I'm going to tell you a story. It's not a true story, it's not even based on any specific person that I know, but it's the type of story that happens all the time. Maybe it's even happened to you or someone you know.
This is the story of Jane.
Jane had always dreamed of becoming a lawyer. Growing up in a low-income neighborhood, Jane had to work hard to overcome the many obstacles in her way. She was an excellent student and graduated from high school with top grades and even attended a good college and received her law degree with honors.
But...she ran into a problem. Despite her impressive credentials, Jane struggled to find a job. She applied to law firm after law firm after law firm and sat for several interviews, but was always passed over for the job. She couldn't figure out why and now that the student loan payments were due, she had a lot of external pressure influencing her decisions. Jane couldn't understand why she wasn't getting hired, especially since she had done everything right, so she decided to take a job working the front desk at a law firm. After all, she had bills to pay...and as long as she got in the door, she was confident she could get the job she wanted.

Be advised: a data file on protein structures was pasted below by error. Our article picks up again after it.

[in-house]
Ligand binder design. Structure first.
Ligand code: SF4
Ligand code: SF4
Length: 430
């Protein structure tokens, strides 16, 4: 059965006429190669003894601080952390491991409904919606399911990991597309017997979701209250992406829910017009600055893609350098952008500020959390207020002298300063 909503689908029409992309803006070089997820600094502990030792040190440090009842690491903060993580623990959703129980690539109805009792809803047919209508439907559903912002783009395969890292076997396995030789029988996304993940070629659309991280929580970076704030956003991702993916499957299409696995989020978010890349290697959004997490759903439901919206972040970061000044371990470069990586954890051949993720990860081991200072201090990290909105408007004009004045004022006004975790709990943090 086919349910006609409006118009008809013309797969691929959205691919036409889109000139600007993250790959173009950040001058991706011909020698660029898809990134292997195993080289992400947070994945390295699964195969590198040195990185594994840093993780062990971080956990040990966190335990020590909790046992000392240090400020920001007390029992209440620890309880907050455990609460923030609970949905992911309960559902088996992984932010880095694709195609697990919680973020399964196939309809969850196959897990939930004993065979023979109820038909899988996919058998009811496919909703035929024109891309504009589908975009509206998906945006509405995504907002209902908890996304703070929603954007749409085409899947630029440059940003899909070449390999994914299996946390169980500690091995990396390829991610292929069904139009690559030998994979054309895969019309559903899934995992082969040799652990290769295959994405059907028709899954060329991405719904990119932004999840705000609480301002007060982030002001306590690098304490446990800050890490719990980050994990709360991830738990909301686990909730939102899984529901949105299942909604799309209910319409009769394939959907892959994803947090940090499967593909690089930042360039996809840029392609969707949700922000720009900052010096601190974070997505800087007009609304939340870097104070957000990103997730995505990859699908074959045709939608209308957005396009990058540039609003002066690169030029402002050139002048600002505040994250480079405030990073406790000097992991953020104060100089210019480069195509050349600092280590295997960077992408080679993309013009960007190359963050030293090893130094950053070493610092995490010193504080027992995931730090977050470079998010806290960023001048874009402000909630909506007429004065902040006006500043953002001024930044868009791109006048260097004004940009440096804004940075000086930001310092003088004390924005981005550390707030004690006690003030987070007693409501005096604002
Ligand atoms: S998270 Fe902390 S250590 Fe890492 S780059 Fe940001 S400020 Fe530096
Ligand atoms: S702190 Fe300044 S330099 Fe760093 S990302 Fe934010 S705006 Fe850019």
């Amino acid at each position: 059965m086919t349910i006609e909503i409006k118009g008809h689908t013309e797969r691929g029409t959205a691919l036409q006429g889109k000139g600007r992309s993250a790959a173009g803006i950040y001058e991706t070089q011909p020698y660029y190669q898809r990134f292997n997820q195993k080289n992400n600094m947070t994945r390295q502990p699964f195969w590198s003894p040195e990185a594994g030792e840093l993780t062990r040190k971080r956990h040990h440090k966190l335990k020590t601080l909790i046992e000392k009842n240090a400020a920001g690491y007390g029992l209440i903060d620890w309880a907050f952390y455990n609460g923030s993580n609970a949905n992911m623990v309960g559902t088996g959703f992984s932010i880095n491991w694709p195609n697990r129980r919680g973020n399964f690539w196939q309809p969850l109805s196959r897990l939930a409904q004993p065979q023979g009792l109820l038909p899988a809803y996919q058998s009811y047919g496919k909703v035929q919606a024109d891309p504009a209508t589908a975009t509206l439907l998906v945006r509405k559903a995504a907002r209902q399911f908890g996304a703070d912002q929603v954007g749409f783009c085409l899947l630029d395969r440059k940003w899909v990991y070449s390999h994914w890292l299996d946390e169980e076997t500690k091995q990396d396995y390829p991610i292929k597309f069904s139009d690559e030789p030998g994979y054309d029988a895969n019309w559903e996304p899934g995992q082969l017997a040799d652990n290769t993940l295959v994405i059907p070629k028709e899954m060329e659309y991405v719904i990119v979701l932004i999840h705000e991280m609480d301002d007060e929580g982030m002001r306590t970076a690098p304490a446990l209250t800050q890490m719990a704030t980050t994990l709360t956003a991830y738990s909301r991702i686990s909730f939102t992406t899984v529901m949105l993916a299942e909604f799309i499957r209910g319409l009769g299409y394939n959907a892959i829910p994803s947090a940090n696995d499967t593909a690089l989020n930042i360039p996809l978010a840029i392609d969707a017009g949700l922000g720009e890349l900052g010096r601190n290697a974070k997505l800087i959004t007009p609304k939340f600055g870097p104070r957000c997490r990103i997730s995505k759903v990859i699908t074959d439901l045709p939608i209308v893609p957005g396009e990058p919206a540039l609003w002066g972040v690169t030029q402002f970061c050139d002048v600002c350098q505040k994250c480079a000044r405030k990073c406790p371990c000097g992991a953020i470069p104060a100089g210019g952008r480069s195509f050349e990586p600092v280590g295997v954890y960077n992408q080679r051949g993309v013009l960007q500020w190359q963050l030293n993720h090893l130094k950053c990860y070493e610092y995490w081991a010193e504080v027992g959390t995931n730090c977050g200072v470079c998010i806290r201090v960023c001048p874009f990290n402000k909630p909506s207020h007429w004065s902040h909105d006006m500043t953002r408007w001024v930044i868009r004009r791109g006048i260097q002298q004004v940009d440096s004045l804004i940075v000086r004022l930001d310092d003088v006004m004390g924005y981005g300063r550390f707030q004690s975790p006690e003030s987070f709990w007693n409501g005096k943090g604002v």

But that didn't happen either. Jane watched as lawyer after lawyer was brought in and hired...mean while she hadn't even been considered for those roles. And eventually...the frustration and sense of failure started to build.
We won't finish Jane's story because...well, it's kind of all of our stories. Factors we cant control such as gender expression, sexuality, race, and other socioeconomic have a unique ability to limit the list of potential opportunities that come our way.
And it's time that we learn about it...and not only that, but learn how to end it. So get excited, because this is Tiny Leaps, Big Changes.
My guest today is Jessica Nordell.
Jessica Nordell is a science writer, award-winning author, and speaker known for blending rigorous science with compassionate humanity. Her first book, The End of Bias: A Beginning, won the Nautilus Award and was shortlisted for the Columbia Journalism/Lukas Prize for Excellence in Nonfiction, the NYPL Bernstein Book Award for Excellence in Journalism, the Royal Society Science Book Prize, and the National Association of Science Writers Book Prize. The End of Bias was also named a Best Book of the Year by the World Economic Forum, Greater Good, AARP, and Inc. and is currently being used by organizations from newsrooms to NBA teams to healthcare organizations to solve some of their biggest cultural challenges.
This is the first of a two part conversation on bias so, if you are interested in this topic, be sure to tune in tomorrow to catch the 2nd part.
The End of Bias: Website
Who We Are To Each Other: https://jessicanordell.substack.com/